The US proposed tax-reform framework

American taxes.

U.S. President Donald Trump reacts as he meets with Lebanese Prime Minister Saad al-Hariri (not pictured) in the Oval Office of the White House in Washington, U.S., July 25, 2017.  (photo credit: REUTERS/CARLOS BARRIA)
U.S. President Donald Trump reacts as he meets with Lebanese Prime Minister Saad al-Hariri (not pictured) in the Oval Office of the White House in Washington, U.S., July 25, 2017.
US President Donald Trump and the Republican Party issued a tax-reform “framework” plan on September 27. It’s only nine pages long, so we don’t yet have full details, and it has yet to be enacted. Given that, what’s in store for US businesses, US olim and everyone else? Business taxation The framework proposes to limit the maximum tax rate applied to the business income of small and family-owned businesses conducted as sole proprietorships, partnerships and S corporations to 25%.
The framework contemplates measures to prevent the recharacterization of personal income into business income to prevent wealthy individuals from avoiding the top personal tax rate.
The framework reduces the corporate tax rate to 20%, which is below the 22.5% claimed average of the industrialized world.
In addition, it aims to eliminate the corporate alternative minimum tax (AMT).
The framework proposes to let businesses to immediately write off (or “expense”) the cost of new investments in depreciable assets other than structures (not defined) made after September 27, 2017, for at least five years.
The deduction for net interest expense incurred by C corporations would be partially limited.
Because of the framework’s substantial rate reduction for all businesses, the current-law 9% domestic manufacturing and production (“section 199”) deduction would no longer be necessary. In addition, numerous other special exclusions and deductions would be repealed or restricted.
The framework would preserve business credits for research and development (R&D) and low-income housing.
International taxation The framework proposes to end the perceived incentive to keep foreign profits offshore by exempting them when they are repatriated to the United States. It would replace the existing “outdated” worldwide tax system with a 100% exemption for dividends from non-US subsidiaries (in which the US parent owns at least a 10% stake). Presumably that would apply to dividends from Israeli subsidiaries.
To transition to this new system (apparently rapidly), the framework would treat foreign earnings that have accumulated overseas under the old system as repatriated. Accumulated foreign earnings held in illiquid assets will be subject to a lower tax rate than foreign earnings held in cash or cash equivalents. Payment of the tax liability would be spread out over several years.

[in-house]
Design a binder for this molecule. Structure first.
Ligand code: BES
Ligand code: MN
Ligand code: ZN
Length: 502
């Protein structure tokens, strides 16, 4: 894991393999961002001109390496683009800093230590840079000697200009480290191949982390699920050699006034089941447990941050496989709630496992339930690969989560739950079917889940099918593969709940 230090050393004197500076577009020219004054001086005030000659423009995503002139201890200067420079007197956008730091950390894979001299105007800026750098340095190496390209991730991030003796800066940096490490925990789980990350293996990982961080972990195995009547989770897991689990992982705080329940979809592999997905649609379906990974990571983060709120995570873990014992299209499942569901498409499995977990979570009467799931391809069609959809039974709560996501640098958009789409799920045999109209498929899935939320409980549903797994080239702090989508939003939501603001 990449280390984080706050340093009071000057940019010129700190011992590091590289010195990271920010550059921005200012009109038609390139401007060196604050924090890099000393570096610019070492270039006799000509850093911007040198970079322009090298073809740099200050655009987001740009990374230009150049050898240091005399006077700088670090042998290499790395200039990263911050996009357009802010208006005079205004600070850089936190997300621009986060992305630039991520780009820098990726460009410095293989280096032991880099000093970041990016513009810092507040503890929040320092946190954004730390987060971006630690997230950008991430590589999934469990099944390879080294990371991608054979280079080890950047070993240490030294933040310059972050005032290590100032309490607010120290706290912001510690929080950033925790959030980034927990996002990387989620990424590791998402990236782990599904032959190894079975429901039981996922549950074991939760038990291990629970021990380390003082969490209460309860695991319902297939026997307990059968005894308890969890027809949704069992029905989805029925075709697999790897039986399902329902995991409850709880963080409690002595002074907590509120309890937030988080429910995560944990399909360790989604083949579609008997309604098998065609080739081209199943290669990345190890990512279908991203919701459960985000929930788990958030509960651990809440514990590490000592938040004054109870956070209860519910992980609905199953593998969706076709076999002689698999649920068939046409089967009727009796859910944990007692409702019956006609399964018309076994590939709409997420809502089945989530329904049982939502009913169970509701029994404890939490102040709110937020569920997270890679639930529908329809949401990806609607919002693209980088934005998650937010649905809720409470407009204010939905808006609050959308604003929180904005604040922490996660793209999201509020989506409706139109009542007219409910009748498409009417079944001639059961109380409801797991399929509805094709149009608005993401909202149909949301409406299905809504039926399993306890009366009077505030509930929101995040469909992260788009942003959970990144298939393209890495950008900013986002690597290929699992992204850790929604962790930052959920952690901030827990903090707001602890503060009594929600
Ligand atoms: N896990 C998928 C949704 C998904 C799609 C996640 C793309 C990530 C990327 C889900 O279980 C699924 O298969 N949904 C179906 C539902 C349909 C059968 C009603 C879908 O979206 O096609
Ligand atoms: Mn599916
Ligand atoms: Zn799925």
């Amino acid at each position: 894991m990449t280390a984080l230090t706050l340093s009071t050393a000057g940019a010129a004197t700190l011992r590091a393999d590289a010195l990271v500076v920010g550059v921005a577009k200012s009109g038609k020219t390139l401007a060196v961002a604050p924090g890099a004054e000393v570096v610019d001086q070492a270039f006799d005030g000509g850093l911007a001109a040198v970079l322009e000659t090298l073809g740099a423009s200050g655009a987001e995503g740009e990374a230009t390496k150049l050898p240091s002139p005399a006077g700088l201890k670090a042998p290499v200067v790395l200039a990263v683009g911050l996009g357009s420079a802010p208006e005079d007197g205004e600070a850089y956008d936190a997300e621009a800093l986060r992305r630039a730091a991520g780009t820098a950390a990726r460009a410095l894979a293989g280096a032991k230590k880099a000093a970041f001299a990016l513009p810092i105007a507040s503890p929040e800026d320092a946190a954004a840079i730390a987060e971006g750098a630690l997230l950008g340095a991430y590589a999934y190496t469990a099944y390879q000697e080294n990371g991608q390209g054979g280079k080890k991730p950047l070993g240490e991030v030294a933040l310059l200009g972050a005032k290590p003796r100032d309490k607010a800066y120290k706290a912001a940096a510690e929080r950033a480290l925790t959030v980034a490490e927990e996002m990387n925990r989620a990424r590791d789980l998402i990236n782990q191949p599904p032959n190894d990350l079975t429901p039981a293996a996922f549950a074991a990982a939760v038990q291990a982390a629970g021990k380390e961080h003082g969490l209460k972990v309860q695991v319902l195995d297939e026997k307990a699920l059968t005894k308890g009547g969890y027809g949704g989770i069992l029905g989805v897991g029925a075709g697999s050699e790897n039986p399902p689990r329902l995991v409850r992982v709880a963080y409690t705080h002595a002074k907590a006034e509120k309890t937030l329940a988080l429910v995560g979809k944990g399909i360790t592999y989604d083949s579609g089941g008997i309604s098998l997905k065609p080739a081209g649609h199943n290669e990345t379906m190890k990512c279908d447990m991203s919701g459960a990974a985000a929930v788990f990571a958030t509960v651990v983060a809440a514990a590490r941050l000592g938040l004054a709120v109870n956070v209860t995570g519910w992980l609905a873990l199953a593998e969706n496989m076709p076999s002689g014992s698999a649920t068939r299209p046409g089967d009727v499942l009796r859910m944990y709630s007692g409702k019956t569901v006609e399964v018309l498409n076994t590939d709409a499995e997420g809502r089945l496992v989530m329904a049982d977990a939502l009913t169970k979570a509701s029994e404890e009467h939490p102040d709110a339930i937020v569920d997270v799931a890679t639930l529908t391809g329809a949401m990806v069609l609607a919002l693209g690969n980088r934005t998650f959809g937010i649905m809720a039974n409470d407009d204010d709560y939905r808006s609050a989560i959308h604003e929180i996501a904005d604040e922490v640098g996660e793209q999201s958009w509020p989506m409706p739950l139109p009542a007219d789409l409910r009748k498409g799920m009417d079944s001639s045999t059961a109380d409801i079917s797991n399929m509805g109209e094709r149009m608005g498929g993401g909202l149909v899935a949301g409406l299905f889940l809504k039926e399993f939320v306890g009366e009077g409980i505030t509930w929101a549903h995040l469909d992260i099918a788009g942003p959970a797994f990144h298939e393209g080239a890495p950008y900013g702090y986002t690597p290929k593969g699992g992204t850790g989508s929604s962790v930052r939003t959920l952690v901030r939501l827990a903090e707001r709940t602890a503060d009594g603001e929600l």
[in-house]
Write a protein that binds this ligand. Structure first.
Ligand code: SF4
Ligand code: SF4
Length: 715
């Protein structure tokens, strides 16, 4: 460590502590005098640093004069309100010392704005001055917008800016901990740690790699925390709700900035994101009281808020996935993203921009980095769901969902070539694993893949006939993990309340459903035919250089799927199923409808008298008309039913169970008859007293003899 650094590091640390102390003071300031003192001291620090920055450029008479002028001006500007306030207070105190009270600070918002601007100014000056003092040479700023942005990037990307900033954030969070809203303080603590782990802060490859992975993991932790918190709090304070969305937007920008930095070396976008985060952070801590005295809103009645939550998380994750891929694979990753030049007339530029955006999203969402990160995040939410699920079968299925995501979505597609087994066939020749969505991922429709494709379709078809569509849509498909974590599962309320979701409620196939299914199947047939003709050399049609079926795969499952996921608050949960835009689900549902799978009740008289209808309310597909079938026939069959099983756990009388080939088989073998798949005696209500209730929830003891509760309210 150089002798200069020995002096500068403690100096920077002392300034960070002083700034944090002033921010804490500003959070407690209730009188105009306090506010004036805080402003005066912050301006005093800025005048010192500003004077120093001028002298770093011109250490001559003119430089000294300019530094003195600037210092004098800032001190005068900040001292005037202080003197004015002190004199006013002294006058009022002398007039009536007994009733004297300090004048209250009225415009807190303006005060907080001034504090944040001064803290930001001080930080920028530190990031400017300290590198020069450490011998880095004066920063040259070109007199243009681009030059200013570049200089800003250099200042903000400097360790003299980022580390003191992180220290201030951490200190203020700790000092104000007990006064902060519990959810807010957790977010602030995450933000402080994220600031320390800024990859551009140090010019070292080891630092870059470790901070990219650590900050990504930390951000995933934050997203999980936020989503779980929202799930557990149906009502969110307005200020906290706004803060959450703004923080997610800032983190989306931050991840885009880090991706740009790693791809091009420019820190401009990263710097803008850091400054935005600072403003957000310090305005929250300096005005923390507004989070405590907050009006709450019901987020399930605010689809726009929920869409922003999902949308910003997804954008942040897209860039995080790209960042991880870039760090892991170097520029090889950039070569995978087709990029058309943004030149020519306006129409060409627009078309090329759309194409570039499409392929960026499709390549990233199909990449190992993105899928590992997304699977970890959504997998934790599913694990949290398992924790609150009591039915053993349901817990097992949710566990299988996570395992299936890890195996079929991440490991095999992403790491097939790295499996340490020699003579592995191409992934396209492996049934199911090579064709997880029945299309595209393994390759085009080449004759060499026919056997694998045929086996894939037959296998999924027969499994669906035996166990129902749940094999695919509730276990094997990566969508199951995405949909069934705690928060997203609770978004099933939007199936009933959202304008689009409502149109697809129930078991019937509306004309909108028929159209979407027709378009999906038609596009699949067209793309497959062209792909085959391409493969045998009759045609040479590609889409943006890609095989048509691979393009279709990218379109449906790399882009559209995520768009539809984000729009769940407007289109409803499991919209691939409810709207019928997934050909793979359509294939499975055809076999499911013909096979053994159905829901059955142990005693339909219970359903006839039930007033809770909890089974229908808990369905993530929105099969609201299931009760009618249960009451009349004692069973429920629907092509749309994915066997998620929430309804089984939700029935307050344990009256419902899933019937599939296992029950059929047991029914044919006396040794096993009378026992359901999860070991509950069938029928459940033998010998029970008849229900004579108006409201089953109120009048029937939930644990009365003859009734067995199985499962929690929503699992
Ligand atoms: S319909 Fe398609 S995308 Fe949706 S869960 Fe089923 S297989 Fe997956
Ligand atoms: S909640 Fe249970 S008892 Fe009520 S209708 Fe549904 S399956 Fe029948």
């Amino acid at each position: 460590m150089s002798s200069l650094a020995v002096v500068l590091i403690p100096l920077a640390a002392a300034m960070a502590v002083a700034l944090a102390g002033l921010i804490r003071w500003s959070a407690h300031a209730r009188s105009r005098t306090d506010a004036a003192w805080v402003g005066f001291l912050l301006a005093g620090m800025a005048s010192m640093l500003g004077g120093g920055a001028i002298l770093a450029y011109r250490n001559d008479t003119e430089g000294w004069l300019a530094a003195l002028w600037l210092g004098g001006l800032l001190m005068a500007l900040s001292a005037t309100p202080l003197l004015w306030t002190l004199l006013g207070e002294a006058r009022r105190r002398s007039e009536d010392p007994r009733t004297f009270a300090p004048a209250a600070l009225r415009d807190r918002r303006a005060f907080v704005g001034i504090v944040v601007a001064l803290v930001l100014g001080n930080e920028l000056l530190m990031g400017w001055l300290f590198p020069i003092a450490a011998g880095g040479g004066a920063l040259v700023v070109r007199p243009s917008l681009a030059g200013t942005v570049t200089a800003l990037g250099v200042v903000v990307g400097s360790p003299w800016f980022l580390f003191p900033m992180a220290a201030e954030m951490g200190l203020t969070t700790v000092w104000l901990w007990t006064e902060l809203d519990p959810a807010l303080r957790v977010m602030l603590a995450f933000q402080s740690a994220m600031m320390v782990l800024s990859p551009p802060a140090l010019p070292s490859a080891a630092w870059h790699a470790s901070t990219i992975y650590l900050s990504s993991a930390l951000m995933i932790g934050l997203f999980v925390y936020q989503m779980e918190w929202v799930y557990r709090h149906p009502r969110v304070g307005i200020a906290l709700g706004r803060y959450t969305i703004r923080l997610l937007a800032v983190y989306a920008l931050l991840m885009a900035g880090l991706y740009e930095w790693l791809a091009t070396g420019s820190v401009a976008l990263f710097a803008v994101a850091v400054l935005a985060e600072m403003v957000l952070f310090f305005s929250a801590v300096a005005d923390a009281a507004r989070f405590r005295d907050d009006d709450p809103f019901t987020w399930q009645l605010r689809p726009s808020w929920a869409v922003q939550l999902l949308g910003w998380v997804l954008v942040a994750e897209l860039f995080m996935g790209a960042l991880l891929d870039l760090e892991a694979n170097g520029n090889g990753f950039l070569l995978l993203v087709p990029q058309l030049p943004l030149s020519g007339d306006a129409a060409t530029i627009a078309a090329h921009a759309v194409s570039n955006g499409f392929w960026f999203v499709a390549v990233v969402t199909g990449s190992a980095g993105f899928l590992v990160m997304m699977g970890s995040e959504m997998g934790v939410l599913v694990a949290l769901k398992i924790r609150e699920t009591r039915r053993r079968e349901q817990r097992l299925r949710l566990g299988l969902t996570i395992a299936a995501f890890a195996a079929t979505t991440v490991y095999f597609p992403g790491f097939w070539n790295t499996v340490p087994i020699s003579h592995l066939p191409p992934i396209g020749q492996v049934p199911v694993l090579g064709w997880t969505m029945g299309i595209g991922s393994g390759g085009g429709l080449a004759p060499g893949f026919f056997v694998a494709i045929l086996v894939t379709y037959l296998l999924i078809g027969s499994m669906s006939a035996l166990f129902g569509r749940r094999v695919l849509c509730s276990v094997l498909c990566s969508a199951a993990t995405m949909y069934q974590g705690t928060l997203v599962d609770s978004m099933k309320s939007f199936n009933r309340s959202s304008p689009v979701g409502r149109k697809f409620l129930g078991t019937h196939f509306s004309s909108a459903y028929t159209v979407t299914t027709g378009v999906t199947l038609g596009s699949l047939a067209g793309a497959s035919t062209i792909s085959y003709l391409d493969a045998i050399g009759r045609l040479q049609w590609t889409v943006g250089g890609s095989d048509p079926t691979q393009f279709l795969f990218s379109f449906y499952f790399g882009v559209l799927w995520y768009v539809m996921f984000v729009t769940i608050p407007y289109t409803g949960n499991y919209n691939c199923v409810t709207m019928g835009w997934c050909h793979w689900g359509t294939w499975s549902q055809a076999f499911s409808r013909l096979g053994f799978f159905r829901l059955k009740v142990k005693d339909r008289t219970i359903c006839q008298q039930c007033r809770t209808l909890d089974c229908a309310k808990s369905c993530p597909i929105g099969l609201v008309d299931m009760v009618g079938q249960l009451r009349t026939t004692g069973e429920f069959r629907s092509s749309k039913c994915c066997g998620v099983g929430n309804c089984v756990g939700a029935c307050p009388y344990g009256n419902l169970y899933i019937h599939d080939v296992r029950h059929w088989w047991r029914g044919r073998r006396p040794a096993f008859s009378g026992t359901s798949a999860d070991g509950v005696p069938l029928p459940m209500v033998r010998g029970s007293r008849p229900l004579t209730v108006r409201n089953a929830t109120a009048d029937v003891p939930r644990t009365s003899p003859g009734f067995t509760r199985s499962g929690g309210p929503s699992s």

Comment: If enacted, $2 trillion to $3t. of foreign earnings could soon be deemed to be repatriated to the US and taxed at the lower rate, whether they are repatriated or not. This may have a significant effect on the US dollar, the US budget, the US economy and other economies.
To prevent companies from shifting profits to tax havens, the framework would include proposals to protect the US tax base by taxing at a reduced rate and on a global basis the foreign profits of US multinational corporations. The committees will incorporate rules to level the playing field between US-headquartered parent companies and foreign-headquartered parent companies.
Comment: This sounds contradictory to the 100% exemption for dividends from foreign subsidiaries. Time will tell what the drafters meant.
Personal taxation To simplify US tax rules, the additional standard deduction and personal exemptions for the taxpayer and spouse would be consolidated into a larger standard deduction, according to the framework proposals.
These changes would simplify tax filing and effectively create a larger “zero-tax bracket” by eliminating taxes on the first $24,000 of income earned by a married couple and $12,000 earned by a single individual.
Under current US law, taxable income of individuals is subject to seven tax brackets. The framework aims to consolidate the current seven tax brackets into three brackets of 12%, 25% and 35%.
An additional top rate may apply to the highest-income taxpayers to ensure that the reformed tax code is at least as progressive as the existing tax code and does not shift the tax burden from high-income to lower- and middle-income taxpayers.
The framework would increase the income levels at which the child tax credit begins to phase out.
It is proposed to repeal AMT to reduce complexity.
To simplify the tax code, the framework proposes to eliminate most itemized deductions, but it would retain US tax incentives for home-mortgage interest and charitable contributions.
The framework proposes to retain tax benefits that encourage work, higher education and retirement security.
Estate taxation The framework would repeal the estate tax upon death and the generation-skipping transfer tax.
More comments: The framework is a set of general proposals, not yet published in legal English. It remains to be seen what will be enacted and when.
On the corporate side, some think that businesses will locate to the US for the 20%-25% tax rate on profits. We doubt this since the regular Israeli corporate tax rate will be 23% in 2018, and lower Israeli rates (6%-16%) are possible for “preferred enterprises” in tech or industry. We believe the US reform would merely discourage US businesses from uprooting out of the US.
On the personal side, the proposed repeal of estate tax will be welcomed. Trump’s preelection platform called for the introduction of a capital-gains tax instead; this is not mentioned in the latest framework proposals.
As always, consult experienced tax advisers in each country at an early stage in specific cases.
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